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Who's German enough for Germany?

June 28, 2019

Expect the soul-searching about what it means to be German to continue after changes to the Nationality Act. The old standards used to establish a national identity no longer apply, writes DW Zoran Arbutina.

A German passport on top of a copy of Germany's Basic Law
Image: picture-alliance/K. Willig

The wretched citizenship debate is back on the agenda. The recent revisions approved by both houses of the German parliament are doubtlessly due to the current zeitgeist — though their advocates are trying to present them as a matter of course.

Indeed, hardly anyone will call into question revoking the German citizenship of those who provided false or incomplete information prior to naturalization. Whether this step can be taken after a period of five or 10 years, is more or less a minor detail.

It is rather more problematic, however, that in the future, even those who are German from birth can be stripped of their citizenship. But as this applies only to those who have joined foreign terrorist militias, and only when such people also have a second nationality, the majority of German citizens support even that change.

Deliberate blur?

The third revision, however, is the most controversial: In the future, people will only be naturalized if, in addition to previous conditions, they also agreed to "integrate into the German way of life," particularly by not being simultaneously married to multiple spouses.

It stands to reason that people who live in polygamous marriages should be prevented from becoming German citizens — such marriages are already against the law in Germany. However, had that been the revision's goal, it could have been worded accordingly. By adding "integration into the German way of life," lawmakers intentionally created a vague regulation that is wide open to interpretations.

Usually, the wording of new laws is as precise as possible to limit room for interpretation. According to a German saying, people on the high seas and in courtrooms are left in God's hands. By using unambiguous wording, lawmakers can keep the judiciary from the temptation of playing God. The inclusion of the nebulous term "German way of life," however, achieves the exact opposite.

Arbutina Zoran
DW's Zoran Arbutina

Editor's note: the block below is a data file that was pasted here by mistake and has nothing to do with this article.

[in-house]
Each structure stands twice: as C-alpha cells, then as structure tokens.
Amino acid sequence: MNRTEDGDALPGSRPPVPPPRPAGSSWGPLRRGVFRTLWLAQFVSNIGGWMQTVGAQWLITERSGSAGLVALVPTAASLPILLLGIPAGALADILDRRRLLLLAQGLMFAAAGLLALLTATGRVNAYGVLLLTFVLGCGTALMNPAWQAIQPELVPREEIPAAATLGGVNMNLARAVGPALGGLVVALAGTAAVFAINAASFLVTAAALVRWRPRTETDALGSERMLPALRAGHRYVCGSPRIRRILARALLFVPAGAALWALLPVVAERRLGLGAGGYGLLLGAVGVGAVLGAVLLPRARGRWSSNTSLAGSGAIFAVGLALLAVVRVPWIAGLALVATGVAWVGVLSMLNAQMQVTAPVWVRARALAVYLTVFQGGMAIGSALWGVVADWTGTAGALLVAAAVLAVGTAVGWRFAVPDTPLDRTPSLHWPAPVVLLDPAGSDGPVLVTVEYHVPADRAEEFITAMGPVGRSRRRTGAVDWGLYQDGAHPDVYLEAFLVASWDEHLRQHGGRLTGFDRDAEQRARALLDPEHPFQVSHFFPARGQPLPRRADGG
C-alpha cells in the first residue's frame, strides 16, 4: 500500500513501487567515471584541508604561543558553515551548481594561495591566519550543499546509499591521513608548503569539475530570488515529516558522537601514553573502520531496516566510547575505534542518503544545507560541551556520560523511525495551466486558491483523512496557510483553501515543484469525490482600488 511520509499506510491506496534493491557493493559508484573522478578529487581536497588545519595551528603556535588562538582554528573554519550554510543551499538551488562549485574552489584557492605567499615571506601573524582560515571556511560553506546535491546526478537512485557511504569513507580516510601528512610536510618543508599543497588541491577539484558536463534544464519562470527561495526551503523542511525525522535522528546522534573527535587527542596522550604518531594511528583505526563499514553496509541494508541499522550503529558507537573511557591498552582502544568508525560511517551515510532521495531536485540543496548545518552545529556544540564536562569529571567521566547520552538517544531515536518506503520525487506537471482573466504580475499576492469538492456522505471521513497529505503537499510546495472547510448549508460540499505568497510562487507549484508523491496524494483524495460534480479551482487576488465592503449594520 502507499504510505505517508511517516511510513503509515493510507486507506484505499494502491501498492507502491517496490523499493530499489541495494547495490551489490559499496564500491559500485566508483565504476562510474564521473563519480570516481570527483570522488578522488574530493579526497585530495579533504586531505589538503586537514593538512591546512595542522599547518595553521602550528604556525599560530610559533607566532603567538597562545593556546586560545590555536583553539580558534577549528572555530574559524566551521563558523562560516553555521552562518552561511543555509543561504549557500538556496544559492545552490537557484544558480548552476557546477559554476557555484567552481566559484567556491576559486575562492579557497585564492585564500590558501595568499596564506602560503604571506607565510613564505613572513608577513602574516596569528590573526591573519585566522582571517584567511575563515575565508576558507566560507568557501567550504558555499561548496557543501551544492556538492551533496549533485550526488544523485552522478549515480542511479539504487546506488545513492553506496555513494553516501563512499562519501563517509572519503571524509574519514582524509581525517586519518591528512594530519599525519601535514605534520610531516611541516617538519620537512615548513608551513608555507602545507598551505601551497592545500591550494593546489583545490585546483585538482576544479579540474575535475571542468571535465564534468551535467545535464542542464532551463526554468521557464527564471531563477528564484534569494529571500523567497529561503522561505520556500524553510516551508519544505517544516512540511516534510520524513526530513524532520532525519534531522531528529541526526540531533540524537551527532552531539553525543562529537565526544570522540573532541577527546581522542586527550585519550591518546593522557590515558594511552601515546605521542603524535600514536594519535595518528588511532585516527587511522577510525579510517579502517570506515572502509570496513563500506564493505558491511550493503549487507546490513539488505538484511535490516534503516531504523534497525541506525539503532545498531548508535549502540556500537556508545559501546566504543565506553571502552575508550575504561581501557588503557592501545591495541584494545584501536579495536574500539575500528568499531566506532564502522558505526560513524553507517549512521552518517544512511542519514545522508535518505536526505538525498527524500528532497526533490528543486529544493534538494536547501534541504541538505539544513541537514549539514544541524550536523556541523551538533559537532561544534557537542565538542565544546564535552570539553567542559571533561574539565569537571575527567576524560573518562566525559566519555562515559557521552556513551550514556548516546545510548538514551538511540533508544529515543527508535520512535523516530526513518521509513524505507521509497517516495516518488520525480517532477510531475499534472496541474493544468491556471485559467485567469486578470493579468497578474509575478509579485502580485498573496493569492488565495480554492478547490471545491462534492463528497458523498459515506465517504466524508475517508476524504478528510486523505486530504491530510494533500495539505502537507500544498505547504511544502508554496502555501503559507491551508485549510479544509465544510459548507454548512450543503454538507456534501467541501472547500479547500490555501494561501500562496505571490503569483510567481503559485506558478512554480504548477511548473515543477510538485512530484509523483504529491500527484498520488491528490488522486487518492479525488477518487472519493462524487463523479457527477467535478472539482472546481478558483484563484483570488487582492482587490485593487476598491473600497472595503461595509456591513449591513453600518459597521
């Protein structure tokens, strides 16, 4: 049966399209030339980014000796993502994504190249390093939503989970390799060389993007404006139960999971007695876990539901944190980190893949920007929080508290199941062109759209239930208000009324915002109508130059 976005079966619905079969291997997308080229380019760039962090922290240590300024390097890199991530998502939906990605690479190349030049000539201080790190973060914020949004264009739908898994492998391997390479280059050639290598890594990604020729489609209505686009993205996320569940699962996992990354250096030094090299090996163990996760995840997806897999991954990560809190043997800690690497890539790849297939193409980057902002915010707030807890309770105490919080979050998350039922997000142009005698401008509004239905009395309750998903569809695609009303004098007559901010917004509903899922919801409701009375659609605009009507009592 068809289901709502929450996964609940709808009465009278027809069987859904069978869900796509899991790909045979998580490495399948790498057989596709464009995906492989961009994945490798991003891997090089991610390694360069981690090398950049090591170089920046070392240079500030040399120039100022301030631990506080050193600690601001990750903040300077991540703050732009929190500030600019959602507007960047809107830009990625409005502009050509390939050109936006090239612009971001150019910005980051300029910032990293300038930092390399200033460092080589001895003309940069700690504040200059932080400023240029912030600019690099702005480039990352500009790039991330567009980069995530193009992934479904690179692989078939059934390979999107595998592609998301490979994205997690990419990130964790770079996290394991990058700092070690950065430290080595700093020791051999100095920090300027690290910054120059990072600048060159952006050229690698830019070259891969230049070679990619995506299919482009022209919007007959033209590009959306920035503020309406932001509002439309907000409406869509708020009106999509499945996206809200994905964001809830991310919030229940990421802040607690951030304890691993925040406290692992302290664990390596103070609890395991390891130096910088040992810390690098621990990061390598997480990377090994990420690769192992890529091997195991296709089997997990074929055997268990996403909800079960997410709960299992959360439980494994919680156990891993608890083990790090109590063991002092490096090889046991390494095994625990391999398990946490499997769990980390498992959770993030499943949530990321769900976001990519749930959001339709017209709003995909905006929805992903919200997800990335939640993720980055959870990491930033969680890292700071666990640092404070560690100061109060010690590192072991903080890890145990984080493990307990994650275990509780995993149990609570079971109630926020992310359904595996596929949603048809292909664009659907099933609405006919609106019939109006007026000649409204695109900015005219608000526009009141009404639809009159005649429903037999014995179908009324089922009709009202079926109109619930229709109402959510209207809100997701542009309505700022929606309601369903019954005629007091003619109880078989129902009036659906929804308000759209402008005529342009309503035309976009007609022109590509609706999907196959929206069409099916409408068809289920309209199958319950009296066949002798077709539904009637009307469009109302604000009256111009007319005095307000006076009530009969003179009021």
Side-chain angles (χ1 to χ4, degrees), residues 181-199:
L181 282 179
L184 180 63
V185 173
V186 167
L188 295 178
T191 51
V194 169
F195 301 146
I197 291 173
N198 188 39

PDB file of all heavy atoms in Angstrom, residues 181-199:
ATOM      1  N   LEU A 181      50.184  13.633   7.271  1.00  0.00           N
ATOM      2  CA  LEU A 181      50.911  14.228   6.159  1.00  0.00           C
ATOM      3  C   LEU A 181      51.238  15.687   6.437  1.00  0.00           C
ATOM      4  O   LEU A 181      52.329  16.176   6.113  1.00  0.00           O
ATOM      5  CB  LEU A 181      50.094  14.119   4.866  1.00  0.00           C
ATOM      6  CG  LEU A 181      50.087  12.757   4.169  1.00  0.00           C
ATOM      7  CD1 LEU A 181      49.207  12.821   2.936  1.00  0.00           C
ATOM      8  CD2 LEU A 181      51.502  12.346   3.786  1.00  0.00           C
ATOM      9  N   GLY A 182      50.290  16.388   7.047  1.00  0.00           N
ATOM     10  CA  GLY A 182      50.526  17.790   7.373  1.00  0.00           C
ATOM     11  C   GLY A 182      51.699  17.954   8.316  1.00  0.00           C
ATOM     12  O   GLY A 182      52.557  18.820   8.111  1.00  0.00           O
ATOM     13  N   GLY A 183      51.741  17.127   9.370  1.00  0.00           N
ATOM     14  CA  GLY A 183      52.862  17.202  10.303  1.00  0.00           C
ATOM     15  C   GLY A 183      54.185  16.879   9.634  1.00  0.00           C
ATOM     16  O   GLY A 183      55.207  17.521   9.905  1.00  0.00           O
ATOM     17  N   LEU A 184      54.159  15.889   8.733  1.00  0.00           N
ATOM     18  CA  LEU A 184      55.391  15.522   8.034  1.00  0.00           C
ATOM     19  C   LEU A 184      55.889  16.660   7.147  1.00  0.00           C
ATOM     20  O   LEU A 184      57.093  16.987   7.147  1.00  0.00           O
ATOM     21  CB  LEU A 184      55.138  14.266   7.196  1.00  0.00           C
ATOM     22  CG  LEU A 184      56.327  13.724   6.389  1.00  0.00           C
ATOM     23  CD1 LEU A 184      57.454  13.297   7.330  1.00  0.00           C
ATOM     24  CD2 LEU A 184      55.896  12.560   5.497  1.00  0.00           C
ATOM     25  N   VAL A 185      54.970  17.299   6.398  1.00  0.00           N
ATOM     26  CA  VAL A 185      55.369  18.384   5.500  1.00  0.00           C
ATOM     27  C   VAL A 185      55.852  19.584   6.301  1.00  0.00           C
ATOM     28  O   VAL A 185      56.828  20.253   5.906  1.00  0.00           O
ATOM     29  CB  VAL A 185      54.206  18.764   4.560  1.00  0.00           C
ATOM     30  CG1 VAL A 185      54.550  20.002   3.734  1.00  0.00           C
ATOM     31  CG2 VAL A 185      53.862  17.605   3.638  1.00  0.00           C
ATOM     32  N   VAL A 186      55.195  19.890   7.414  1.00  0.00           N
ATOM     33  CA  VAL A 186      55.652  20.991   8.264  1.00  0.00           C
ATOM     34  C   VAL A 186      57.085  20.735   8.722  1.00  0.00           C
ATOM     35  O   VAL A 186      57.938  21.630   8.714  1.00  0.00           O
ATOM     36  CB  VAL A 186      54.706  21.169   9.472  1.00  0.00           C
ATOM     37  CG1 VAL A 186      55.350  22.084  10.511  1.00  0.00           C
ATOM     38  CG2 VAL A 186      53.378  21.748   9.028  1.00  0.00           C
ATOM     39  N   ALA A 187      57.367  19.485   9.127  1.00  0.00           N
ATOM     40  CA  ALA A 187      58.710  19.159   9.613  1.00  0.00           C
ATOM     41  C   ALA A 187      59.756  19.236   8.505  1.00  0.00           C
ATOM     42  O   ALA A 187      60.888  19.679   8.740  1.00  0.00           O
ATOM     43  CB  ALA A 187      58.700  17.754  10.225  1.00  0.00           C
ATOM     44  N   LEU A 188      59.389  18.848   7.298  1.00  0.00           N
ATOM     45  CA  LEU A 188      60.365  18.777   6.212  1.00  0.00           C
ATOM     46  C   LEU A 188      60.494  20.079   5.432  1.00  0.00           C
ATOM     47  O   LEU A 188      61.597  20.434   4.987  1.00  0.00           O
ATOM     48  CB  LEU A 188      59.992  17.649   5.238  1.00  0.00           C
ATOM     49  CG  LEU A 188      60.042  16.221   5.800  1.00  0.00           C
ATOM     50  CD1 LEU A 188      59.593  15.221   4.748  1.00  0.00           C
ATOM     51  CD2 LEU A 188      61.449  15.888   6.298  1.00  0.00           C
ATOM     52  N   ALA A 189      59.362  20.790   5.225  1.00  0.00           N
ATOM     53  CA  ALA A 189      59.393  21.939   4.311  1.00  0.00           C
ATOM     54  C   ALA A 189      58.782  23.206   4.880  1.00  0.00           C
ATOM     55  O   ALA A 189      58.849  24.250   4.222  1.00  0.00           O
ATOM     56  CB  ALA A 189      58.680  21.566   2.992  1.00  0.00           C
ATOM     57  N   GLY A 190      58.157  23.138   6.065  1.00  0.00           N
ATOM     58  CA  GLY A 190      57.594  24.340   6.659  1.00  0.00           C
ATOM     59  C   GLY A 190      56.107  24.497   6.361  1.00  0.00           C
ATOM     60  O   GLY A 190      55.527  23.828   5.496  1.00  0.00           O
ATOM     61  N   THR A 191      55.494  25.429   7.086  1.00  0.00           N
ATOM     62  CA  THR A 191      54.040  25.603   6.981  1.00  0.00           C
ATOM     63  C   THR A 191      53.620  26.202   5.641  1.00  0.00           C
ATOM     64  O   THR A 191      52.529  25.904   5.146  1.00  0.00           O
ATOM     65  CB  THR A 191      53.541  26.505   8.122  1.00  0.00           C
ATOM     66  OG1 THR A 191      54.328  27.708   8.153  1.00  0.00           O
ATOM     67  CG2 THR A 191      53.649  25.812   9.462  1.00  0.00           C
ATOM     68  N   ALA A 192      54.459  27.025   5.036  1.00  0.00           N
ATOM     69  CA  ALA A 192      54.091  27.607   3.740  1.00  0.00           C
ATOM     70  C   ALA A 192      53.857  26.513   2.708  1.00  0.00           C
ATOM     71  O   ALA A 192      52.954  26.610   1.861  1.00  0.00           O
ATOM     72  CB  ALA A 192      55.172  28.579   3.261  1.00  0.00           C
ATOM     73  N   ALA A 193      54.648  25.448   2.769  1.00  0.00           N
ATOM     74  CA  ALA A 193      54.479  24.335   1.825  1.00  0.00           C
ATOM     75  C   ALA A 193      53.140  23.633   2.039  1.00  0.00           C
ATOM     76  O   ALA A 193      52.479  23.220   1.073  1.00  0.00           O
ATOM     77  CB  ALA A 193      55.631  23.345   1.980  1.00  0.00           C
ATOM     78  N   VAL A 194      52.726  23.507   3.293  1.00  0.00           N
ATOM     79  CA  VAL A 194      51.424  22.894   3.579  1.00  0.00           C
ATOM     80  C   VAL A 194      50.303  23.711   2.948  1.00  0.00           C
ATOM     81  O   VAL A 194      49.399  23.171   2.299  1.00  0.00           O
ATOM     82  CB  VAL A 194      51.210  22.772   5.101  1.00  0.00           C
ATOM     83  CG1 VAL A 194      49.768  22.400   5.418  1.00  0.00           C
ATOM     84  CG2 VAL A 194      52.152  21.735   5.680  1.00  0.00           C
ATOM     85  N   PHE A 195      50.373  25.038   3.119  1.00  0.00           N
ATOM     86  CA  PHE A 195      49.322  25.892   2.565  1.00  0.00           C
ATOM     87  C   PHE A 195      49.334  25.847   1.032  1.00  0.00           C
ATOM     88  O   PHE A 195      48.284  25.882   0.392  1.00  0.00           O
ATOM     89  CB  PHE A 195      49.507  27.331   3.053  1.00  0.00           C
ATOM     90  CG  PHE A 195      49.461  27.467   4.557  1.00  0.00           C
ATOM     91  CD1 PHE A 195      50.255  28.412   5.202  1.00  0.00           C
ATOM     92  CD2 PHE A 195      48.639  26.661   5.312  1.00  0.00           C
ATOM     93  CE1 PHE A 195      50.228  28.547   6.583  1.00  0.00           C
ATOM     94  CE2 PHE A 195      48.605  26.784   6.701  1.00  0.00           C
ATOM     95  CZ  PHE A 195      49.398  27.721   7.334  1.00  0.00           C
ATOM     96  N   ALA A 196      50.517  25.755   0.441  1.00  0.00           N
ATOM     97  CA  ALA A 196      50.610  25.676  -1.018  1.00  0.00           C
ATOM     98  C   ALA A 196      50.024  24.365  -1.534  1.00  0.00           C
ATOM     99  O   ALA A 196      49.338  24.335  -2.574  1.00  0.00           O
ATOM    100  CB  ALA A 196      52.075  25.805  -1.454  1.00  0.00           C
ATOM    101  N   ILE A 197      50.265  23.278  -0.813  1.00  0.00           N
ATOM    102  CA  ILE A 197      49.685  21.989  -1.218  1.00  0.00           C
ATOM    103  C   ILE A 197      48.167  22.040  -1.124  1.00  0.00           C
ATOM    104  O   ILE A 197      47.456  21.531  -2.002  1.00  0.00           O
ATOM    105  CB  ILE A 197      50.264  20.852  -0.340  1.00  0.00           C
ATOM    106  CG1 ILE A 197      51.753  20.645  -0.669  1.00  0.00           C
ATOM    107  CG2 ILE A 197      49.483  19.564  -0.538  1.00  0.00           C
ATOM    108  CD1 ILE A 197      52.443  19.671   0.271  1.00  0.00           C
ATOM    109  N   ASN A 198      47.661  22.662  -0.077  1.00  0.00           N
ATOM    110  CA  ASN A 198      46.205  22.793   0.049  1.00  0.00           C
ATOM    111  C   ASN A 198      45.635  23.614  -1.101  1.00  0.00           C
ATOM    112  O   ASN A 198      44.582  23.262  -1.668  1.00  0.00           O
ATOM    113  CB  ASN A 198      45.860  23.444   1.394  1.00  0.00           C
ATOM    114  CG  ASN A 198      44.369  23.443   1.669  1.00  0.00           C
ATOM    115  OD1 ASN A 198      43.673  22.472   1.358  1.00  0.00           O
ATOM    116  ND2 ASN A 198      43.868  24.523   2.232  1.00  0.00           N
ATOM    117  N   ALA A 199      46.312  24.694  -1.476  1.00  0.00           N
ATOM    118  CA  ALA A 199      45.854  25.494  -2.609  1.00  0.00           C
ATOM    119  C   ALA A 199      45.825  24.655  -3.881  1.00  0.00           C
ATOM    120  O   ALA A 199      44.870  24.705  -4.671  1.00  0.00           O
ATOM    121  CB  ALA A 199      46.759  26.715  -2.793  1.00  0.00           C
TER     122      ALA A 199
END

Revival of the 'leading culture' debate

The question is, after all, what is this "German way of life"? How can people show that they have "integrated" into society? By watching a popular, long-running TV police procedural show on Sunday evenings? By getting up from their chairs and singing along to the national anthem — just the third stanza, of course — prior to German soccer team matches? By not wearing a headscarf? And if wearing a religious headdress at all, what about a yarmulke?

The law effectively revives the old debate on a German leading culture. However, seen against the background of electoral successes of the far-right Alternative for Germany (AfD) and rampant Islamophobia, this debate won't become any more meaningful. Someone can choose not to drink German beer, even the stuff brewed according to the centuries-old Purity Law, and still be a good German citizen. That even goes to people who don't drink any alcohol, and it still applies even if they renounce alcohol because of their religious beliefs.

Owing to the zeitgeist

Insisting on a "German leading culture" or "integration into the German way of life" easily leads to ridiculing the issue of who can be and is allowed to become a German citizen. That sounds amusing, but it isn't — the question of citizenship is a serious matter, and lives and livelihoods can depend on it.

Every law reveals, by its wording, the frequently invoked "spirit of the law." The spirit that emerges, in this case, is not a good one. The law regulating the acquisition of German citizenship, which should radiate invitation, openness and integration, breathes the spirit of differentiation.

This may fit the current political and intellectual climate in Germany, which puts Muslims under general suspicion of being undemocratic extremists, which identifies asylum-seekers as problems and in which a "welcoming culture" and "do-gooder" have long since become terms of abuse. But none of this points the way to the future. After all, the concept of differentiation and exclusion are concepts that have been implemented in the past — with disastrous consequences.

Who do we want to be?

The key question is not just how to obtain a German passport and the advantages it brings with it. Instead, the questions are: What are "the Germans" like, and how can someone become German without German parents? Vague terminology like "the German way of life" reveals profound insecurity when it comes to providing an answer to those core questions of identity. 

The old standards — watch the right TV show, drink the right beer, sing the right part of the anthem — are no longer enough and German society is still struggling to understand what it means to be German. The final result is still unclear, but, in any case, anyone looking at the amended Nationality Act for the spirit of an open and inviting society will be searching in vain. And those who don't feel welcome will hardly choose to develop any real enthusiasm for their new German identity.

But, despite all attempts at differentiation, these people can become Germans, too.  As Article 116 of Germany's Basic Law makes clear, "A German (…) is a person who possesses German citizenship."

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